American Heritage® Dictionary of the English Language, Fourth Edition
- v. To make a firm decision about.
- v. To cause (a person) to reach a decision. See Synonyms at decide.
- v. To decide or express by formal vote.
- v. To change or convert: My resentment resolved itself into resignation.
- v. To find a solution to; solve. See Synonyms at solve.
- v. To remove or dispel (doubts).
- v. To bring to a usually successful conclusion: resolve a conflict.
- v. Medicine To cause reduction of (an inflammation, for example).
- v. Music To cause (a tone or chord) to progress from dissonance to consonance.
- v. Chemistry To separate (an optically inactive compound or mixture) into its optically active constituents.
- v. To render parts of (an image) visible and distinct.
- v. Mathematics To separate (a vector, for example) into coordinate components.
- v. To melt or dissolve (something).
- v. Archaic To separate (something) into constituent parts.
- v. To reach a decision or make a determination: resolve on a course of action.
- v. To become separated or reduced to constituents.
- v. Music To undergo resolution.
- n. Firmness of purpose; resolution.
- n. A determination or decision; a fixed purpose.
- n. A formal resolution made by a deliberative body.
Century Dictionary and Cyclopedia
- To loosen; set loose or at ease; relax.
- To melt; dissolve.
- To disintegrate; reduce to constituent or elementary parts; separate the component parts of.
- Specifically In medicine, to effect the disappearance of (a swelling) without the formation of pus.
- To analyze; reduce by mental analysis.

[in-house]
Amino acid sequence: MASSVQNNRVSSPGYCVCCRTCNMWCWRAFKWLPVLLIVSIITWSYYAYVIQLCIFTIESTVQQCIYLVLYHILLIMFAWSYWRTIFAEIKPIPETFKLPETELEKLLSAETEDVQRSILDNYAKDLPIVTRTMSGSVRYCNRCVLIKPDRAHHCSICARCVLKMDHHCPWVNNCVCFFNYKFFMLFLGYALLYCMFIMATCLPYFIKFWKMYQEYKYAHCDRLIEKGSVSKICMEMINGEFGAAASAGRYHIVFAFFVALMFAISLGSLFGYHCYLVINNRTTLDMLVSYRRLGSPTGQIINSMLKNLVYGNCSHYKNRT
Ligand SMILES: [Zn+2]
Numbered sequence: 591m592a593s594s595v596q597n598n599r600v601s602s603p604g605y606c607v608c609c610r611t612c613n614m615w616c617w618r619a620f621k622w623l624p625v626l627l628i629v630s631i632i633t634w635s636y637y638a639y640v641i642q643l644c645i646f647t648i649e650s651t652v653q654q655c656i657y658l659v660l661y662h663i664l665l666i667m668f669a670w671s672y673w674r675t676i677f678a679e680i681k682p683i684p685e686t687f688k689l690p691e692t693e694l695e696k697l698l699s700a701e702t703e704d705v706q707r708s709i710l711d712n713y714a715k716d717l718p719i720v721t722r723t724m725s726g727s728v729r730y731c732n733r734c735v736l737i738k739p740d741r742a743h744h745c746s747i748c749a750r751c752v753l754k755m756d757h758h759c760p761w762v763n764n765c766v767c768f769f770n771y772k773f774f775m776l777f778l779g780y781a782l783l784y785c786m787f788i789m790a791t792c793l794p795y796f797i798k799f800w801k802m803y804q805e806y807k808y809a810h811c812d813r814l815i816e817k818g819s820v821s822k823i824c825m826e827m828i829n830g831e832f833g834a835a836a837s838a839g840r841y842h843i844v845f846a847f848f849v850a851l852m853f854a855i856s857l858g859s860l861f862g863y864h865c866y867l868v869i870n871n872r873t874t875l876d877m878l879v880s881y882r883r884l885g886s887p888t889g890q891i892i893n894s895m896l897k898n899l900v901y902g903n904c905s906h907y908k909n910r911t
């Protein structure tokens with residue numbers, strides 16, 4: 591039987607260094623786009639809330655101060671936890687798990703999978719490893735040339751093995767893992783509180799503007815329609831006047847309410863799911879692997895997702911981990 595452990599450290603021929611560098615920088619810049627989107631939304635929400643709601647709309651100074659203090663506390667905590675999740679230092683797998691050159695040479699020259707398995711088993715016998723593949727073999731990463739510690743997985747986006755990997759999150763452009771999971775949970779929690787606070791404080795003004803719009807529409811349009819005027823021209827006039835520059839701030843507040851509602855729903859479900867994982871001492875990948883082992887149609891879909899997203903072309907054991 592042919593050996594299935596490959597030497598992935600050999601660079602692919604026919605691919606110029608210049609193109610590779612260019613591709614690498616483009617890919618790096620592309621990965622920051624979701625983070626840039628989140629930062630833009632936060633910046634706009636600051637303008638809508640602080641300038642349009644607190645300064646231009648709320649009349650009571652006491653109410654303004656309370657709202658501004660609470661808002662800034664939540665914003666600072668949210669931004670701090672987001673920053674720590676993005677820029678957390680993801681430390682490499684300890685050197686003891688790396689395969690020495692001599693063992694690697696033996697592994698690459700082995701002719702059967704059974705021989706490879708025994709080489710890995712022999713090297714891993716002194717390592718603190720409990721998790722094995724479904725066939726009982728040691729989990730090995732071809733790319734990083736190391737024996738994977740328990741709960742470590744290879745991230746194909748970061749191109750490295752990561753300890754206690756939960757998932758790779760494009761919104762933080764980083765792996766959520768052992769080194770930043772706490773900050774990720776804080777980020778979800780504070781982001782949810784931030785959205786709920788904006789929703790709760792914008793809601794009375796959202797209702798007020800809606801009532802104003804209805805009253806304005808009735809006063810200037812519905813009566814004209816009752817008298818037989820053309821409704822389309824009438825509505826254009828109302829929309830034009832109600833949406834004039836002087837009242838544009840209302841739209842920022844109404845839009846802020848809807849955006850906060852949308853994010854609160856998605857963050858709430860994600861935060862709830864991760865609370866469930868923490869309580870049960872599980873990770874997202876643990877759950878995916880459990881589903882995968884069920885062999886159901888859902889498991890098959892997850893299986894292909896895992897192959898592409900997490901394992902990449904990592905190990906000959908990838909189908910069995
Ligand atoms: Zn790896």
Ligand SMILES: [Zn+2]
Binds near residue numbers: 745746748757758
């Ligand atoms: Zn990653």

- To solve; free from perplexities; clear of difficulties; explain: as, to resolve questions of casuistry; to resolve doubts; to resolve a riddle.
- In mathematics, to solve; answer (a question).
- In algebra, to bring all the known quantities of (an equation) to one side, and the unknown quantity to the other.
- In mech., to separate mathematically (a force or other vector quantity) into components, by the application of the parallelogram of forces, or of an analogous principle. The parts need not have independent reality.
- To transform by or as by dissolution.
- To free from doubt or perplexity; inform; acquaint; answer.
- To settle in an opinion; make certain; convince.
- To fix in a determination or purpose; determine; decide: used chiefly in the past participle.
- To determine on; intend; purpose.
- To make ready in mind; prepare.
- To determine on; specifically, to express, as an opinion or determination, by or as by resolution and vote.
- In music, of a voice-part or of the harmony in general, to cause to progress from a discord to a concord.
- To melt; dissolve; become fluid.
- To become separated into component or elementary parts; disintegrate; in general, to be reduced as by dissolution or analysis.
- To form an opinion, purpose, or resolution; determine in mind; purpose: as, he resolved on amendment of life.
- To be settled in opinion; be convinced.
- In music, of a voice-part or of the harmony in general, to pass from a discord to a concord. Synonyms To decide, conclude.
- n. The act of resolving or solving; resolution; solution.
- n. An answer.
- n. That which has been resolved or determined on; a resolution.
- n. Firmness or fixedness of purpose; resolution; determination.
- n. The determination or declaration of any corporation, association, or representative body; a resolution.
- In optics, to make distinguishable, by means of an optical instrument, the details of structure of a body, or to separate by such means close-lying bodies, such as the stars in a cluster.
- v. transitive To find a solution to (a problem).
- v. transitive To solve again.
- v. intransitive To make a firm decision to do something.
- v. To come to an agreement or make peace; patch up relationship, settle differences, bury the hatchet.
- v. transitive, intransitive, reflexive To break down into constituent parts; to decompose; to disintegrate; to return to a simpler constitution or a primeval state.
- v. music to cause a chord to go from dissonance to consonance
- v. computing to find the IP address of a hostname by using utilities such as a ping